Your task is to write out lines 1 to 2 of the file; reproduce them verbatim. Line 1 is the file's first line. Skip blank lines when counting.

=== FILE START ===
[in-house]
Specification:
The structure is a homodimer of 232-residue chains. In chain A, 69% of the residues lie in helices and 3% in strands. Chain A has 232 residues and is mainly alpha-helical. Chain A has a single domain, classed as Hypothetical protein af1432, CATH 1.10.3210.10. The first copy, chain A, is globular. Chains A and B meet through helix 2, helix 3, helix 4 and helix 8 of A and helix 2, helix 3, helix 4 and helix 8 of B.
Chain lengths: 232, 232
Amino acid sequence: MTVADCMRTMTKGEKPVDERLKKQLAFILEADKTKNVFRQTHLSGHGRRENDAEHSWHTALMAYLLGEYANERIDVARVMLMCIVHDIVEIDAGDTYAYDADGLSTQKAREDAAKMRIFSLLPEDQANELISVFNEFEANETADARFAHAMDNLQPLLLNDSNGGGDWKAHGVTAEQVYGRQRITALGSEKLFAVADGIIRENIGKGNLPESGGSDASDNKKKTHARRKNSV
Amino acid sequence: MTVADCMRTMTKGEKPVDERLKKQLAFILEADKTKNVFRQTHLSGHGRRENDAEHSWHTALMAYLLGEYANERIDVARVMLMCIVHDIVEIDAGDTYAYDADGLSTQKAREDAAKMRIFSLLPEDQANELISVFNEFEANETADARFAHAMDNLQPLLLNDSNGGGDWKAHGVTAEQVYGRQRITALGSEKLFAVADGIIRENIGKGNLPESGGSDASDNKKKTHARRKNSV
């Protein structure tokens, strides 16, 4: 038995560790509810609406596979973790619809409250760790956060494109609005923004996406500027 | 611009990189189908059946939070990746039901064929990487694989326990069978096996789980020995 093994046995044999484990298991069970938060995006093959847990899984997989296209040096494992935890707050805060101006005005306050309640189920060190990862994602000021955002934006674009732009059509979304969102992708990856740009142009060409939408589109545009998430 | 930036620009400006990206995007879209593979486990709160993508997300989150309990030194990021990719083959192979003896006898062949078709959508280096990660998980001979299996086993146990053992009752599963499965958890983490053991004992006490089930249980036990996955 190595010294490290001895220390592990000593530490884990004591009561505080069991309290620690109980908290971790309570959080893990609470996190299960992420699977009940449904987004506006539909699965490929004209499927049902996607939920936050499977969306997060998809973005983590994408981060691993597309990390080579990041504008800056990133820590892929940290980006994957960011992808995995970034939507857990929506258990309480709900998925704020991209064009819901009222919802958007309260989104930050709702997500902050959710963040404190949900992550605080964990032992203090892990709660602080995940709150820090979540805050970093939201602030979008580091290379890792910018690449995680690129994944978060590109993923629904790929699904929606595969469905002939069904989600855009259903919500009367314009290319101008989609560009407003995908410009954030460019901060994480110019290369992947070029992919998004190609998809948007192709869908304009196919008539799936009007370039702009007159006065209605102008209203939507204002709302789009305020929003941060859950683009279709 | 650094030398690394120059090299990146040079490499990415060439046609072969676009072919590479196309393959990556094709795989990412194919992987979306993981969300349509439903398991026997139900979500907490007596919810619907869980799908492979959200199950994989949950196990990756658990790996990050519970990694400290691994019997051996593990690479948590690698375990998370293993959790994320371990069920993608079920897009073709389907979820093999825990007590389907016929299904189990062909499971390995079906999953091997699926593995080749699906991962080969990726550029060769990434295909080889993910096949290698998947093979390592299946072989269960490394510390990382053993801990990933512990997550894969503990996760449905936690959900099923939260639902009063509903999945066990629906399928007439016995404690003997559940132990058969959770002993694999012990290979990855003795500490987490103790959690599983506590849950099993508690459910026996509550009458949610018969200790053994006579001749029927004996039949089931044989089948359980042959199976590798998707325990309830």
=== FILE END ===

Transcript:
[in-house]
Specification: